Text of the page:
Indiana Daily Student

What to know about fall 2021 classes

<p>Junior Tyler Richardson takes a picture of senior Max Eslava for their photography class Feb. 8 outside of the IU Fine Arts Building. IU President Michael McRobbie announced in February that the university is set to return to mostly normal operations for the fall 2021 semester because of lower COVID-19 positivity rates and the availability of vaccines.</p>

Junior Tyler Richardson takes a picture of senior Max Eslava for their photography class Feb. 8 outside of the IU Fine Arts Building. IU President Michael McRobbie announced in February that the university is set to return to mostly normal operations for the fall 2021 semester because of lower COVID-19 positivity rates and the availability of vaccines.

For the first time since classes switched to majority online instruction more than a year ago due to the COVID-19 pandemic, students can plan on attending in-person classes again. The fall 2021 semester will be in-person, potentially without social distancing or masks, Dr. Aaron Carroll said in an interview Friday.

IU President Michael McRobbie announced in February that the university is set to return to mostly normal operations for the fall 2021 semester because of lower COVID-19 positivity rates on campus and the availability of vaccines.

Carroll, IU’s director for mitigation testing, said he doesn’t think mitigation testing will be necessary in the fall.

“There probably is no need for mitigation testing, it would shift just into more surveillance,” Carroll said. “If we saw outbreaks we might increase testing in areas just to try to catch it and slow it down, but I think it will not look like mitigation testing.”

Carroll said he thinks social distancing might not be necessary in classrooms and thinks there's a possibility masks might not be required, but only if the university receives data showing most students are vaccinated.

“I'm hopeful that we can go back to normal classroom numbers, and perhaps even no masks for classes,” Carroll said. “But all of this is dependent on how safe it is, and we don’t know that yet. None of these predictions are declarations of 100% surety.”

Molly Rosenberg, an epidemiologist at the School of Public Health, said students attending in-person classes during the 2020-21 school year weren’t at higher risk for getting COVID-19. She contributed to a study that showed COVID-19 transmission did not correlate with the amount of in-person credit hours a student took during the fall 2020 semester.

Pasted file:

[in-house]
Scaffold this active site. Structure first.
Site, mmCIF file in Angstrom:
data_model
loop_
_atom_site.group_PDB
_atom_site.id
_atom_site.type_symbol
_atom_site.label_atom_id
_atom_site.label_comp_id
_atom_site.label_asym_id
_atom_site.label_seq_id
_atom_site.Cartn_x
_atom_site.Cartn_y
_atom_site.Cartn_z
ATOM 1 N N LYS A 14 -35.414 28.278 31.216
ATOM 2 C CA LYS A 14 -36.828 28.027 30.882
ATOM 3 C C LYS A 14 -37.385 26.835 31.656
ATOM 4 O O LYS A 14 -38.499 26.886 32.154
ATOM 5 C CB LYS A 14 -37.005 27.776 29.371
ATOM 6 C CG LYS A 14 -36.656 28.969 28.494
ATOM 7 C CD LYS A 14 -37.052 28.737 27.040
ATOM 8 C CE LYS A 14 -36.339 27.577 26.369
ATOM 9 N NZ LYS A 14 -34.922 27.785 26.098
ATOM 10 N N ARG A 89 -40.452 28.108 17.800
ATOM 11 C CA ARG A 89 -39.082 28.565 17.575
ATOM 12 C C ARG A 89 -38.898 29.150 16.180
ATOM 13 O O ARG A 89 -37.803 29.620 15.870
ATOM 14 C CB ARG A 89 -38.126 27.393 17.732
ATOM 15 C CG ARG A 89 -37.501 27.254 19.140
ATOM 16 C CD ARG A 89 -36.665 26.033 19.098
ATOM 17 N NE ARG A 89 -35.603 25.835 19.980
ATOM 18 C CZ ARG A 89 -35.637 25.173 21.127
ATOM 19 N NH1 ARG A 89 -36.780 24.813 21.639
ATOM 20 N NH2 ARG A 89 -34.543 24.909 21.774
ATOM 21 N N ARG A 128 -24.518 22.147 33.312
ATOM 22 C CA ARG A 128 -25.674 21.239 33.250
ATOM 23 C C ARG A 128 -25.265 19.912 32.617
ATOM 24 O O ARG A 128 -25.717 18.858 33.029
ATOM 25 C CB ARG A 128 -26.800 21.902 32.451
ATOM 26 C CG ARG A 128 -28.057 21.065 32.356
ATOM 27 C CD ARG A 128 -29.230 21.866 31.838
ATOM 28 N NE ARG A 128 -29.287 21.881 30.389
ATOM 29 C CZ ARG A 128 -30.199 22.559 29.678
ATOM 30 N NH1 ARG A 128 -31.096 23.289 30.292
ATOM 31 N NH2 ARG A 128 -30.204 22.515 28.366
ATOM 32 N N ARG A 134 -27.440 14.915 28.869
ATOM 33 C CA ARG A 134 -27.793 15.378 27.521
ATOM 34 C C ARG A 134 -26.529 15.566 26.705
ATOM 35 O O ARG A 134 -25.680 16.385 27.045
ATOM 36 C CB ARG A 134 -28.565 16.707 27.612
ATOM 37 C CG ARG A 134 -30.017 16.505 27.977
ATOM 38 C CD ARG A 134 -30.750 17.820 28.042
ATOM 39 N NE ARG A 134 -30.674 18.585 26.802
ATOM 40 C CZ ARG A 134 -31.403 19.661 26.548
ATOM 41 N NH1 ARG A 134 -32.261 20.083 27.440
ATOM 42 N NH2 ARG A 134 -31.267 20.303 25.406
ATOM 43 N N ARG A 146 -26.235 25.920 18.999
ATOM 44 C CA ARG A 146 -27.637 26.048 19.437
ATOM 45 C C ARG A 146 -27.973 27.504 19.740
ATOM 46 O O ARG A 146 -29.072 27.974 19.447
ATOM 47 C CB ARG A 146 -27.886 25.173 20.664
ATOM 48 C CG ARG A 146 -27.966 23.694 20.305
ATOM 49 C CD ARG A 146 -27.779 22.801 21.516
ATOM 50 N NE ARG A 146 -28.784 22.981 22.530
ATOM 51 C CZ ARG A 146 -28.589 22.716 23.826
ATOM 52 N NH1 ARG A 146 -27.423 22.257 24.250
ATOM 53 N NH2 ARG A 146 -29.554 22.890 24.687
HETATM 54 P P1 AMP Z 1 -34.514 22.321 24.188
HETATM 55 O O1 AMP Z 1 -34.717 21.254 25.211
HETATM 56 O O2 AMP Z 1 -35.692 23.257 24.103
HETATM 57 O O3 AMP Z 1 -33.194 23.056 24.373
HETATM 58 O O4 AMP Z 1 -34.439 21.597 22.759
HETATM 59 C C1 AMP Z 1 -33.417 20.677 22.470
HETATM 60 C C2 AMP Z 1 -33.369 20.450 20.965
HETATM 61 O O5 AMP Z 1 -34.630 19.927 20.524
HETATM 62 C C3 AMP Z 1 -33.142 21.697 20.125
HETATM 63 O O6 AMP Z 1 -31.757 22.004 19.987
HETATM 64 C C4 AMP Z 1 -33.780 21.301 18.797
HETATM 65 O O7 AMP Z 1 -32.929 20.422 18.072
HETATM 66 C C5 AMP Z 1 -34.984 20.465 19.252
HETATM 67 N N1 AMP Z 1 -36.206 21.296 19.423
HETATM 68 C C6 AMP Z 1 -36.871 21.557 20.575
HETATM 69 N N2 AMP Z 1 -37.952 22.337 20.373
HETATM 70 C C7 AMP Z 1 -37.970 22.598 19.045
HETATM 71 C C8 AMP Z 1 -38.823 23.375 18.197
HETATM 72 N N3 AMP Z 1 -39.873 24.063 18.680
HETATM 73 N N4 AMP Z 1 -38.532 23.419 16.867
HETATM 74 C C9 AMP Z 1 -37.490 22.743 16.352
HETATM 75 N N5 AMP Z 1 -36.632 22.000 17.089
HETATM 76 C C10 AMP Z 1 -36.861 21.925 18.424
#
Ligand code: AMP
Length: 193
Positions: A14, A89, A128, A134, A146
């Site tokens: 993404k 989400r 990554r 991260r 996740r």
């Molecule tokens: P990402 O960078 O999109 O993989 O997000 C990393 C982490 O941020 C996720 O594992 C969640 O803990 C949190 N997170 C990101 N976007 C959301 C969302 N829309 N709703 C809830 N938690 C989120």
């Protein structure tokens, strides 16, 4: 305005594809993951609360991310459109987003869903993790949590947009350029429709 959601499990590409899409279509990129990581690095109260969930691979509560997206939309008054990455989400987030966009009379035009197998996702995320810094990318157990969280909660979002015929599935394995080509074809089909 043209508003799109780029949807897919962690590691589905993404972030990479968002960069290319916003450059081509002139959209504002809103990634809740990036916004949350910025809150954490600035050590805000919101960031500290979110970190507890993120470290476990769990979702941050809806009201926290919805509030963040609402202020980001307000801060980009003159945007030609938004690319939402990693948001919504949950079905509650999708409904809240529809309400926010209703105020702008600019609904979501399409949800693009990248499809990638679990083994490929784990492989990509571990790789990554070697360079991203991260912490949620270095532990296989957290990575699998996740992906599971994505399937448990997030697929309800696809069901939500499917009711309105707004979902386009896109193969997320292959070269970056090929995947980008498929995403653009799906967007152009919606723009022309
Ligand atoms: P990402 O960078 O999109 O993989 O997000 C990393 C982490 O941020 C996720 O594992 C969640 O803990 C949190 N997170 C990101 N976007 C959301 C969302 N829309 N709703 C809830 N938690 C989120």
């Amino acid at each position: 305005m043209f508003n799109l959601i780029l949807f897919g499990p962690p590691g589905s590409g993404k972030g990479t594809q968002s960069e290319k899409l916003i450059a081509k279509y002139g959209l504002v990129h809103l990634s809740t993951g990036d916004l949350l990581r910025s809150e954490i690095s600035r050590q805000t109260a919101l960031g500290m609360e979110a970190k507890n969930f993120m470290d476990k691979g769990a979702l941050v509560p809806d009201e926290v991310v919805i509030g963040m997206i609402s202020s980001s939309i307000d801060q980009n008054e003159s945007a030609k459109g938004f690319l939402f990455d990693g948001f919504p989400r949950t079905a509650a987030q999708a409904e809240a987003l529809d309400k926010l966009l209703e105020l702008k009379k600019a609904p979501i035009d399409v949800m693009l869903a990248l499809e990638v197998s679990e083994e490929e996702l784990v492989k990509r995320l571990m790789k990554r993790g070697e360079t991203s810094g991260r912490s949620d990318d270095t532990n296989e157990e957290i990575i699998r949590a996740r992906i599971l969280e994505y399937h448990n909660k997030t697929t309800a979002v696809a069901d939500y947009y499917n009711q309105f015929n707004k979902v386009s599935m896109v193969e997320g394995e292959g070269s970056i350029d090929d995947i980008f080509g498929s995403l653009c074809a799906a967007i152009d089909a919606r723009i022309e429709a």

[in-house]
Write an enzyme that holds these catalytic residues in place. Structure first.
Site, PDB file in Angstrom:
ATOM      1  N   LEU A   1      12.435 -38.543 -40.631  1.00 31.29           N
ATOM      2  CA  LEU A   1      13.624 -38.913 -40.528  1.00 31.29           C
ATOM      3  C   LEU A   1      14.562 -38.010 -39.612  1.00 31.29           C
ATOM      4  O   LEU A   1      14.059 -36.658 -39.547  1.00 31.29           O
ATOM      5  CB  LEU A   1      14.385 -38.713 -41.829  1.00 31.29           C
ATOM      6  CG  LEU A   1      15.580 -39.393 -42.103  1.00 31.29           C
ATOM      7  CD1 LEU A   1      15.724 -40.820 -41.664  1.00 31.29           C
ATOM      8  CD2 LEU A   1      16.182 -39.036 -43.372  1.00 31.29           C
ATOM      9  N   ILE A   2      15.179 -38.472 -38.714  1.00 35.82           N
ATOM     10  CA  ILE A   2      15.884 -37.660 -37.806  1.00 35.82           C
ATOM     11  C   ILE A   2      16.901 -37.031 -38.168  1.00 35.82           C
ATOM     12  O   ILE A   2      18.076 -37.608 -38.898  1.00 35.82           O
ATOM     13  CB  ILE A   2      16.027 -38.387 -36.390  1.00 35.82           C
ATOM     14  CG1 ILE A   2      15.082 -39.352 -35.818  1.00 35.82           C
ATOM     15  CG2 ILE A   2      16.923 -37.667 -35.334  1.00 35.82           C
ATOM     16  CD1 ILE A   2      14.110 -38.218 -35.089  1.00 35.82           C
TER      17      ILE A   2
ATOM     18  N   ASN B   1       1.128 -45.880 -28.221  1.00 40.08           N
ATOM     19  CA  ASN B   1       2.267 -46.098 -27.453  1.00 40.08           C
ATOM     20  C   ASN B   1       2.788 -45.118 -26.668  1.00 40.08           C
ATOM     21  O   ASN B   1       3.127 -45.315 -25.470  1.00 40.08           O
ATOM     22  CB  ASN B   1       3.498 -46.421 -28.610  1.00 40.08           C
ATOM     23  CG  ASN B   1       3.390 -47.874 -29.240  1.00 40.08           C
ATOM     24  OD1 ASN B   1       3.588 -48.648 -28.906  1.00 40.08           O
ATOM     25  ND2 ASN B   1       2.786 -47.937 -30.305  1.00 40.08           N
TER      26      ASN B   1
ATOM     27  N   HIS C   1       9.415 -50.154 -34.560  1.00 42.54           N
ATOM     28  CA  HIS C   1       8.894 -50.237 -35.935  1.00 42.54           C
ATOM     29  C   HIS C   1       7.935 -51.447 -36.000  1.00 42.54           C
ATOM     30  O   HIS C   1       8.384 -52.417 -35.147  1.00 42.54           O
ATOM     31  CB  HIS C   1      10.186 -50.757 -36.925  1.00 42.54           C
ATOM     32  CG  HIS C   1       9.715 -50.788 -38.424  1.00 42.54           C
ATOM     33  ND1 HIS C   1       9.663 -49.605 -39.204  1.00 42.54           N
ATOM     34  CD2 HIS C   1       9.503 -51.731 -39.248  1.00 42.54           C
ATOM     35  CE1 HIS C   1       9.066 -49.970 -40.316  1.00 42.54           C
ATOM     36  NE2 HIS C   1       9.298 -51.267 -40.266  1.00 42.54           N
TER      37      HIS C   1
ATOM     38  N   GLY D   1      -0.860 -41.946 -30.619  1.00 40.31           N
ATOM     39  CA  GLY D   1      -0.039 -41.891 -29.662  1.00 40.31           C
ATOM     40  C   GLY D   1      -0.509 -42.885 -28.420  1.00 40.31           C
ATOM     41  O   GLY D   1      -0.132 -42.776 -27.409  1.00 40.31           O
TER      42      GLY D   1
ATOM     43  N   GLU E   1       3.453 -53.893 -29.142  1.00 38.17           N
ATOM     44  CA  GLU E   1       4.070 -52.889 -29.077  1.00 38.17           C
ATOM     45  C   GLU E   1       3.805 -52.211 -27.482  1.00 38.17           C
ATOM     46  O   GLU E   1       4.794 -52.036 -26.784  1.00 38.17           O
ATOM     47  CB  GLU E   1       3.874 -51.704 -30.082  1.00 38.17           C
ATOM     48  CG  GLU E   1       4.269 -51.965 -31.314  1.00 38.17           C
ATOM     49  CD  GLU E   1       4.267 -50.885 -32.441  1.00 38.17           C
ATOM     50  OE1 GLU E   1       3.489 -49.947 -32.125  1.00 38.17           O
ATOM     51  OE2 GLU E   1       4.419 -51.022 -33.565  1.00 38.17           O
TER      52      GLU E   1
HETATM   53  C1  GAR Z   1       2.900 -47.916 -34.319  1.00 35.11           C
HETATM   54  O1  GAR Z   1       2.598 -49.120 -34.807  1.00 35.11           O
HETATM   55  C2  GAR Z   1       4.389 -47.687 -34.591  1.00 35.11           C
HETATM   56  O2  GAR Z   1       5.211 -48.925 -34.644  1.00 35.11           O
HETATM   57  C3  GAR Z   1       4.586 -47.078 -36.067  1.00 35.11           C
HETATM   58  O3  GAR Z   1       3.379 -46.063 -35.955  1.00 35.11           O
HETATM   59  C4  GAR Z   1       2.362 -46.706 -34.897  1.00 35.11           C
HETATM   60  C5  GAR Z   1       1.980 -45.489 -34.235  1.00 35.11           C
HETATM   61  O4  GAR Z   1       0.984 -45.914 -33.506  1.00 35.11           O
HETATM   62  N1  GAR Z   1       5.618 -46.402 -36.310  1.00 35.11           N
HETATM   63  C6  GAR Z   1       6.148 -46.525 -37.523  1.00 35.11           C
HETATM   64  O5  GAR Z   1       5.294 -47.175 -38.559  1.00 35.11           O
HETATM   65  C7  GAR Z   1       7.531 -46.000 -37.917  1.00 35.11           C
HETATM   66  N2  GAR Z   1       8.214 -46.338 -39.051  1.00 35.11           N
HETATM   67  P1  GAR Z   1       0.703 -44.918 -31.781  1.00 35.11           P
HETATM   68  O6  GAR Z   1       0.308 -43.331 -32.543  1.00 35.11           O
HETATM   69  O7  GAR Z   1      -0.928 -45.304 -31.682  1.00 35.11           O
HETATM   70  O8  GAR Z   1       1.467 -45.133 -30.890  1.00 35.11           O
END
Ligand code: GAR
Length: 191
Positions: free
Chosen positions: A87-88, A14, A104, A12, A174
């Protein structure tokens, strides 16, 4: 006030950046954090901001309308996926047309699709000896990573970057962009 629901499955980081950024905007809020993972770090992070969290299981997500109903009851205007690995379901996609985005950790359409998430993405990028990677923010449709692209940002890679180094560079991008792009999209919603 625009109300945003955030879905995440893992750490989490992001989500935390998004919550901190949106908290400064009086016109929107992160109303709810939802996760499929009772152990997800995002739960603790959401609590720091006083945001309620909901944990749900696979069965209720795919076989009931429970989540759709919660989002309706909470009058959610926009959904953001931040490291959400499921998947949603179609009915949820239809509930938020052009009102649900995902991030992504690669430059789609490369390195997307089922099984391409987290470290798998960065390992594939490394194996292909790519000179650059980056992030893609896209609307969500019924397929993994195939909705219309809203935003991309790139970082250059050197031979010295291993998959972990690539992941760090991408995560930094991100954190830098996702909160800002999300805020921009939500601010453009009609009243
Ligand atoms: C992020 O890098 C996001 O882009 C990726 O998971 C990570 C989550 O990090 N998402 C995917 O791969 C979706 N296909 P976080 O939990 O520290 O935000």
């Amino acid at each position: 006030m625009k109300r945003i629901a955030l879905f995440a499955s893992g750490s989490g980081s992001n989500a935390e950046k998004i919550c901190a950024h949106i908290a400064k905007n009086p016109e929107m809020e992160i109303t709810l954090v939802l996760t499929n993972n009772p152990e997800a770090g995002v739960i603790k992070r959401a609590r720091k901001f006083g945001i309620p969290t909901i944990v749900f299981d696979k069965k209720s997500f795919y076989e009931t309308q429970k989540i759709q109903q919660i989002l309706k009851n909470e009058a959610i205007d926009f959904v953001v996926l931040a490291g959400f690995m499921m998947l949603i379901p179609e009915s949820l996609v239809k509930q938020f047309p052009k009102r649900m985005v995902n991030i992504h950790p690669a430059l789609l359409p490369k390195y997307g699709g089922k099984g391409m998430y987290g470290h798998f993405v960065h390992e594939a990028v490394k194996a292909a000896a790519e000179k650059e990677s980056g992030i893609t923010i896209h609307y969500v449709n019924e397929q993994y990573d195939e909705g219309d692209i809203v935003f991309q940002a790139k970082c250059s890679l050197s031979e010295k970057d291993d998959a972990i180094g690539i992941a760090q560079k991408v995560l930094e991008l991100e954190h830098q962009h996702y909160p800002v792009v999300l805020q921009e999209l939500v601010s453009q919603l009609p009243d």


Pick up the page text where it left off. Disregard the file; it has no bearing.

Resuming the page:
“I anticipate that some safety precautions are going to need to remain in place and we'll continue to monitor cases that might be linked to classrooms, even though we haven't seen any indication that cases are linked to classroom settings,” Rosenberg said. 

Current guidelines from the Centers for Disease Control and Prevention say people who are fully vaccinated can gather indoors with other vaccinated people without social distancing or masks. 

The CDC also says vaccinated people can gather indoors with unvaccinated people from one other household without distancing or masks as long no one has increased risk for COVID-19. To be fully vaccinated, a person must wait two weeks after their final dose of the vaccine, according to the CDC.

Both Carroll and Rosenberg said they don’t know if guidelines will be different for IU students who have been vaccinated compared to those who haven’t because it's hard to implement policy dividing the two. The university hasn’t determined yet if it can legally enact different requirements. 

Carroll and Rosenberg also said they’re hopeful students will get vaccinated so the campus can reach levels of herd immunity, which would require a majority of the student population being fully vaccinated.

Freshman Joeli Hamilton said she's excited for in-person classes next semester because she thinks they will better engage her learning.

“I have severe ADHD so this year has been incredibly hard for me,” Hamilton said. “I hope that going to class, getting out more and having a classroom to learn in will positively affect my learning next year.”

Like what you're reading?

Stay on top of the COVID-19 and vaccination news. This weekly newsletter will package our coverage of cornavirus news, updates and the critical information you need to know.

Signup today!
Like what you're reading? Support independent, award-winning college journalism on this site. Donate here.

Comments


Powered by Solutions by The State News
All Content © 2021 Indiana Daily Student